Data centers use a massive amount of energy. In response to demands for a greener internet, a growing number of data centers are going underground, making them more energy efficient.. not to mention nuke-proof. Assuming a continuous energy supply, “data bunkers” like these will keep the internet running no matter what. Not even a nuclear explosion, a zombie invasion, or Lamar Smith could stop the internet from ticking in these energy-efficient, ultra-secure data centers.
Green Mountain Data Center in Norway
Green Mountain claims to be the greenest data center in the world with no carbon footprint. It uses renewable hydroelectric energy for power, and water from a nearby fjord for cooling, giving it an impressive power usage effectiveness (PEU) of 1.2. PEU is a ratio of total facility power (including cooling and lighting) divided by IT equipment power. An ideal PEU is therefore 1.0, whereas the average is 1.8, according to the Uptime Institute. In other words, non-IT equipment uses nearly as much power as the IT equipment. On top of energy efficiency, the data center’s location in an old munitions storage site offers protection from electromagnetic pulses, fire, and anything an army of roving undead would have to throw at it. The center also has a high level of redundancy and 8 independent generators, which would ensure that the cloud survives just about anything.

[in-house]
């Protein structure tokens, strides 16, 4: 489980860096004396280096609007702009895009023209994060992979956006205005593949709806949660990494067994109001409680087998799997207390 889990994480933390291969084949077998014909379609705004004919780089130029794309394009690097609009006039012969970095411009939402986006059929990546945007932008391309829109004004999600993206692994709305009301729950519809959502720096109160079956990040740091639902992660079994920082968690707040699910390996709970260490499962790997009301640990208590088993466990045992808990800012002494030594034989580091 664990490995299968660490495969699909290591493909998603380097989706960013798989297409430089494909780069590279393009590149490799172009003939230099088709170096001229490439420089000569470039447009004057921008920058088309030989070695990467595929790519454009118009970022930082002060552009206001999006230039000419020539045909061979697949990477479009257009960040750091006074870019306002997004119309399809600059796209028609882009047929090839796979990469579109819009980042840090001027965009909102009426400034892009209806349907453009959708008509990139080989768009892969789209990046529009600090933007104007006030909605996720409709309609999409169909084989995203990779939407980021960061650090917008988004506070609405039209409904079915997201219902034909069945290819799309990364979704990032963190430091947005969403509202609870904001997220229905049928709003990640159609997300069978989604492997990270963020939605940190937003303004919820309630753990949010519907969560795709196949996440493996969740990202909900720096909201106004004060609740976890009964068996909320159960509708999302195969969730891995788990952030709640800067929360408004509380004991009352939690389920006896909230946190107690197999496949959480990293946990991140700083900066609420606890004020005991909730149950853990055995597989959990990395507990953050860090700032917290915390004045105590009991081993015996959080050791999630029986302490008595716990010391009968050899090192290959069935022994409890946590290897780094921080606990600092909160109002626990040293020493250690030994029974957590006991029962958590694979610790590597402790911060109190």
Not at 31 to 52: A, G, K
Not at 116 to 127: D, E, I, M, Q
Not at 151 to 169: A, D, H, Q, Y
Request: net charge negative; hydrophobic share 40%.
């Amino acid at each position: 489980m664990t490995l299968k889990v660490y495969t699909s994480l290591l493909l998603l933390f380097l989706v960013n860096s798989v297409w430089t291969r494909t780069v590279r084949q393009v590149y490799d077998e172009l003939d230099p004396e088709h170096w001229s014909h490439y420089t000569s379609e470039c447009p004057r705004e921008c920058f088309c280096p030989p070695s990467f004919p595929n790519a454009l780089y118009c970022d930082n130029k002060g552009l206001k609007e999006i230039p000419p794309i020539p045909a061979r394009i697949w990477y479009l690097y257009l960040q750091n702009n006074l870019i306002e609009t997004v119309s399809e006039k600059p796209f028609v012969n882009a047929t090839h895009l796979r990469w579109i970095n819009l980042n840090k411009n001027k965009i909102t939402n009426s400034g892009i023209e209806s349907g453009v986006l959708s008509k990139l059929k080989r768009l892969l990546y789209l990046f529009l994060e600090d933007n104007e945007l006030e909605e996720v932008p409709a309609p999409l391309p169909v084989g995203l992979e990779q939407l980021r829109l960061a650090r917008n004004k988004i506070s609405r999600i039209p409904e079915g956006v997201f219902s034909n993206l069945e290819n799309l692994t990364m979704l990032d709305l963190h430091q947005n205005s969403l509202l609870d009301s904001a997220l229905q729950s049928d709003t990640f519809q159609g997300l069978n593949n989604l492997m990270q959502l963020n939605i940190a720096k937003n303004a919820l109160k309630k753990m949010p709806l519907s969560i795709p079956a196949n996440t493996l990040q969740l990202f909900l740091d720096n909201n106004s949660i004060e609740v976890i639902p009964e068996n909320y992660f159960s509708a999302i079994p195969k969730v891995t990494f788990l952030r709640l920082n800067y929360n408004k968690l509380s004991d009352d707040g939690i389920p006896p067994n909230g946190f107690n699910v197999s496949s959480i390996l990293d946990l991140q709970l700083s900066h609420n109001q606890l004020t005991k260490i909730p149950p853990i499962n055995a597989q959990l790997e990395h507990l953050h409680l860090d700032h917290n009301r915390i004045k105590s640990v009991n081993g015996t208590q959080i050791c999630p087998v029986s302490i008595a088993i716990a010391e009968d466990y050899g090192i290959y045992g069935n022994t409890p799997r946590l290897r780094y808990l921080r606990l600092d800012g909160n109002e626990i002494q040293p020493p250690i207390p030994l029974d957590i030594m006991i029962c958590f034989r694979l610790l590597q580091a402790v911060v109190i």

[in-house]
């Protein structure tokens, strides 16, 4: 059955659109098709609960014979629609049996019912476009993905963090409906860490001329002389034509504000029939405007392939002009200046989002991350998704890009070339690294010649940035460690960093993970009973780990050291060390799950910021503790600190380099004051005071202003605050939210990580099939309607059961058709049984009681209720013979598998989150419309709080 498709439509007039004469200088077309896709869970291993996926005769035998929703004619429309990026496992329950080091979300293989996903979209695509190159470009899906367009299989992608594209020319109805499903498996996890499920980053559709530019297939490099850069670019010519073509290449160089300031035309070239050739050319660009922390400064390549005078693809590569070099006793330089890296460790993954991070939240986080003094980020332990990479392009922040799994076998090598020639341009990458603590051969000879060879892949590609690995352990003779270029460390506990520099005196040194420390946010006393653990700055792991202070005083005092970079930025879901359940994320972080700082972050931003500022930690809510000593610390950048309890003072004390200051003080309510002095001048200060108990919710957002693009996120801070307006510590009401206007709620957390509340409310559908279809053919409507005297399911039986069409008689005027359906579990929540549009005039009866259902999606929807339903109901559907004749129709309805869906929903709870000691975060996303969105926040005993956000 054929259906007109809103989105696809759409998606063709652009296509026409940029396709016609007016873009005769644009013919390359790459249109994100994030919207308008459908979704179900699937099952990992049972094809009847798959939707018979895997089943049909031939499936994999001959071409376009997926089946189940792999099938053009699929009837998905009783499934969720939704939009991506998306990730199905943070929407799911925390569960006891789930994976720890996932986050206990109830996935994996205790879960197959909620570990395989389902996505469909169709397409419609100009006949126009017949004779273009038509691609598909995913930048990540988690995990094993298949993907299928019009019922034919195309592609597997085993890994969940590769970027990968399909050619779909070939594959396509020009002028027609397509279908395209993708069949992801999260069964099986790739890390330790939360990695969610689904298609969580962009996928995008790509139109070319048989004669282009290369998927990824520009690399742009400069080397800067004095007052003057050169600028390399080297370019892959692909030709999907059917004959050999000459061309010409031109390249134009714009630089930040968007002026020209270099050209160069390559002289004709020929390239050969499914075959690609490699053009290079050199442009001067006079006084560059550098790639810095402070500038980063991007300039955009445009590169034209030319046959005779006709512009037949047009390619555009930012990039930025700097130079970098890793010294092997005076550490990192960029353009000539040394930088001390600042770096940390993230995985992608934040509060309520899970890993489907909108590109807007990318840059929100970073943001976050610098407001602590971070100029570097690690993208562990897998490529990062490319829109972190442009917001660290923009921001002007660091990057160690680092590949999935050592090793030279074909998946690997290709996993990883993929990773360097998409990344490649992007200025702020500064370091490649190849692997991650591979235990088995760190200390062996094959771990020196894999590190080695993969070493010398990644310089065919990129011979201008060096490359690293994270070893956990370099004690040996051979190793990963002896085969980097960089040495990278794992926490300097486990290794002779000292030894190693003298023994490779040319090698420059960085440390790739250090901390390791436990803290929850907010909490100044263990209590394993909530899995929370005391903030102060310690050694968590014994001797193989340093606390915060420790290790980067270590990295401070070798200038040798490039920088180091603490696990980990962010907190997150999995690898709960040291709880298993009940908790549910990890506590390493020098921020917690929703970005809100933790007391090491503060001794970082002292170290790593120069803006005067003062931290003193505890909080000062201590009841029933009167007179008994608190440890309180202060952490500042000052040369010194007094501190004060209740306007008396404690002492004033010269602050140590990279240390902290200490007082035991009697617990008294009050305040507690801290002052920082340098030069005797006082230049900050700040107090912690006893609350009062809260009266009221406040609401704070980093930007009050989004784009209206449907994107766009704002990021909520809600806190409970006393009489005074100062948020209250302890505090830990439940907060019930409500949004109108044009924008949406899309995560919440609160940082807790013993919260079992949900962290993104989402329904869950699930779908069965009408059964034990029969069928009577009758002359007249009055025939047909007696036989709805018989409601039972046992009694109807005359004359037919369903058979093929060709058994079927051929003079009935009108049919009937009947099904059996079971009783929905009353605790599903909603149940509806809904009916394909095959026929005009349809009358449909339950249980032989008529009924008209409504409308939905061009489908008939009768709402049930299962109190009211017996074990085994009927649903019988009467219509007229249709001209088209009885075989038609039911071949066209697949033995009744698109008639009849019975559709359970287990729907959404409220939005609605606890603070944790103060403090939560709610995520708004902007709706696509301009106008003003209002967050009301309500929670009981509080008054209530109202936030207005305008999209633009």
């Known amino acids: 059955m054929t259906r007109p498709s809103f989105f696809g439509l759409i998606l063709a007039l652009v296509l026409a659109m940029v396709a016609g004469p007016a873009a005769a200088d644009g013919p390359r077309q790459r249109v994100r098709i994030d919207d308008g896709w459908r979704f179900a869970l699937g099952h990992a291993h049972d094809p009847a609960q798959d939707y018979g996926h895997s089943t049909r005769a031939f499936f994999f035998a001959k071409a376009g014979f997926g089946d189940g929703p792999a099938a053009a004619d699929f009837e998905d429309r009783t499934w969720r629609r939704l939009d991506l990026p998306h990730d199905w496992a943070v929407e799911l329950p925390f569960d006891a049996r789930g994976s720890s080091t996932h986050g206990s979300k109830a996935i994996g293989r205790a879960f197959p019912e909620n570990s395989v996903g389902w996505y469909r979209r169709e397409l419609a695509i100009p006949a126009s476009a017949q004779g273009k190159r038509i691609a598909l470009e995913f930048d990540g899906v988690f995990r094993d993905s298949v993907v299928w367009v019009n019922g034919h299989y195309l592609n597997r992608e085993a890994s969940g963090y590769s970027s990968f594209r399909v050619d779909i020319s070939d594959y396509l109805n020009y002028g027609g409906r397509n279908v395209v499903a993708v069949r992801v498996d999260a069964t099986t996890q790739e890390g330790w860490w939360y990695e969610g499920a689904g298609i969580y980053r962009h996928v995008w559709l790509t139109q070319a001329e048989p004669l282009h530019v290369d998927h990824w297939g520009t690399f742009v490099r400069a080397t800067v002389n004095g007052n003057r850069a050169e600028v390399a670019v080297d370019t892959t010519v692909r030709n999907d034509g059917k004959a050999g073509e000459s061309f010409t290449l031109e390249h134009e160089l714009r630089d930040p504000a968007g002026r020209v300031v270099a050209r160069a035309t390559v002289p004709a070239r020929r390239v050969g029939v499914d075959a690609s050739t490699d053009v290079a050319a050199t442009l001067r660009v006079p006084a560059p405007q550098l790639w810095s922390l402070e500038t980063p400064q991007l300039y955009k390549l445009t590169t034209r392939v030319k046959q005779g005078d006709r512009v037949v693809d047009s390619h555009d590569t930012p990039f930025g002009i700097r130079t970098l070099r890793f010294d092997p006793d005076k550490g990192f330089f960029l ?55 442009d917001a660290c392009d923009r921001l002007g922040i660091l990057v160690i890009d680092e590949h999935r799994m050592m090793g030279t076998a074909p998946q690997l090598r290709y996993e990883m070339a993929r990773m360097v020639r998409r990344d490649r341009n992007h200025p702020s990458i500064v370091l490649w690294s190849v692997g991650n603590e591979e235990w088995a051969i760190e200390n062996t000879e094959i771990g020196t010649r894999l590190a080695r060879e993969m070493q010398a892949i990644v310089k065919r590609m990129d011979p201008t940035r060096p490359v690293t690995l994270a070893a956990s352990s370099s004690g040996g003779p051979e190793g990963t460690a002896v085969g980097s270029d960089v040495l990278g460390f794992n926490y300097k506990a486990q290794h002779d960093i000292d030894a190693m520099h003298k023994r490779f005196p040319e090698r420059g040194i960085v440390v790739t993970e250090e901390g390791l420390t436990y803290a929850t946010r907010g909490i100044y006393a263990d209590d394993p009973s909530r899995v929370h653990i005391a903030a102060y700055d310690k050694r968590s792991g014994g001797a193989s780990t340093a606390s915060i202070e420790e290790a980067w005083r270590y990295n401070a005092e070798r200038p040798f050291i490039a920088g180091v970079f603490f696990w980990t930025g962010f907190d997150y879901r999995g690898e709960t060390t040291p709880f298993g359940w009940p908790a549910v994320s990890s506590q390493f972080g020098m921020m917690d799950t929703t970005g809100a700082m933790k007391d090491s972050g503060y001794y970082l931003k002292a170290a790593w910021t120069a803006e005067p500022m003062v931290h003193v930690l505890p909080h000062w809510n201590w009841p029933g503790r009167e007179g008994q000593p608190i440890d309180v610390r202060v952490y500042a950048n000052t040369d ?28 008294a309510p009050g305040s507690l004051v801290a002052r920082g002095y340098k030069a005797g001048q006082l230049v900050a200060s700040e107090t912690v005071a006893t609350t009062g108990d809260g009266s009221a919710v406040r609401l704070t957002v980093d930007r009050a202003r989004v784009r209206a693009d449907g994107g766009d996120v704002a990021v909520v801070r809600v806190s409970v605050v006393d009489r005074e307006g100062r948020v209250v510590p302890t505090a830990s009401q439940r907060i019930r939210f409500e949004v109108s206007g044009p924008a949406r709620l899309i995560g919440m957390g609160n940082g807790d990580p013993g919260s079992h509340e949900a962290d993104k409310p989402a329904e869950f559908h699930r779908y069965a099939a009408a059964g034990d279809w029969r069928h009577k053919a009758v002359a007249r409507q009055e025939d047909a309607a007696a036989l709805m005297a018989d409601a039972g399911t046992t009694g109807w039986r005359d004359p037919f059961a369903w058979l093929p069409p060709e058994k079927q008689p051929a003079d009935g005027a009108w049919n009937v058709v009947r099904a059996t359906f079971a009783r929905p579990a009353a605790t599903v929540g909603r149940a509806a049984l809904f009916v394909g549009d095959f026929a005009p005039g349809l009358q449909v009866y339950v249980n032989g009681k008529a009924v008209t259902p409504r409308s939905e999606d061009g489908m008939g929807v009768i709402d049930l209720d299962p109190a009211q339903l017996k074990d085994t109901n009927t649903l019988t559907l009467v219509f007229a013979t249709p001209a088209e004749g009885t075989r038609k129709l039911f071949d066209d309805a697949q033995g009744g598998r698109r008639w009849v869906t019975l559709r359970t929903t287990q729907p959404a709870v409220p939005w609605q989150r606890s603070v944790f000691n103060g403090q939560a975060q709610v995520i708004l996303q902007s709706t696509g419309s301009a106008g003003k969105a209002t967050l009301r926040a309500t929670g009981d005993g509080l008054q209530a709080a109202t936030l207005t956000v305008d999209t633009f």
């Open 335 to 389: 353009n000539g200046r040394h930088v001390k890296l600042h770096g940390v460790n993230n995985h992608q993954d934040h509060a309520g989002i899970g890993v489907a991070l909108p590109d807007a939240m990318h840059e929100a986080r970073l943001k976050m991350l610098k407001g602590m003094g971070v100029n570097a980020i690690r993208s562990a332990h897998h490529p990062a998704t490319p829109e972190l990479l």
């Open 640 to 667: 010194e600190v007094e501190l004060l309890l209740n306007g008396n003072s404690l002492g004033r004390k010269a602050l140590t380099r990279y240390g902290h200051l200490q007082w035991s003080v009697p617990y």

Pionen Data Center in Stockholm, Sweden
If there ever is a nuclear winter, you can bet that WikiLeaks will hear of it first. They host their data in the Pionen Data Center, originally built in 1943 as a command center in the White Mountains of Sweden and converted to a data center in 2007. Pionen is not just bullet proof—it’s hydrogen bomb proof. A single entrance tunnel and a 40-centimeter-thick armored door would keep the zombie hoards at bay. Meanwhile, inside, the data center is kept cool by an environmentally friendly cooling system that utilizes the chill mountain air and local water systems to cool the center.
Iron Mountain’s Room 48 Data Center in Boyers, USA
More than 200 feet down, inside a former limestone mine, the facility that now houses the data center known as Room 48 was used in the 1950s to secure important government paper documents from the threat of nuclear attack. To save energy on cooling, Room 48 uses overhead ducts instead of floor heating that work on the simple principle that cool air sinks. Rich Miller of Data Center Knowledge claims Room 48’s cooling system allows it to save some $1.7 million annually. That’s more than enough to allow Iron Mountain to stock up on anti-zombie munitions.
InfoBunker Data Center near Des Moines, USA
All of InfoBunker’s critical infrastructure, such as heating, ventilation and air conditioning (HVAC) is housed within the underground space of the bunker, surrounded nonetheless by a foot-thick concrete wall and steel doors. Similarly impenetrable emergency generators assure that the center can function off the grid. As if being underground in an old air force bunker weren’t secure enough, InfoBunker has a collection of extra-secure vaults (think: Ocean’s Eleven). According to Tim Greene of NetworkWorld, InfoBunker is “shielded from electromagnetic pulses, features isolation pads to shield equipment from shocks, stores enough diesel fuel for six days and 17,000 gallons of fresh water reserves.” On top of all this security badassery, InfoBunker maintains an average PUE of just 1.38.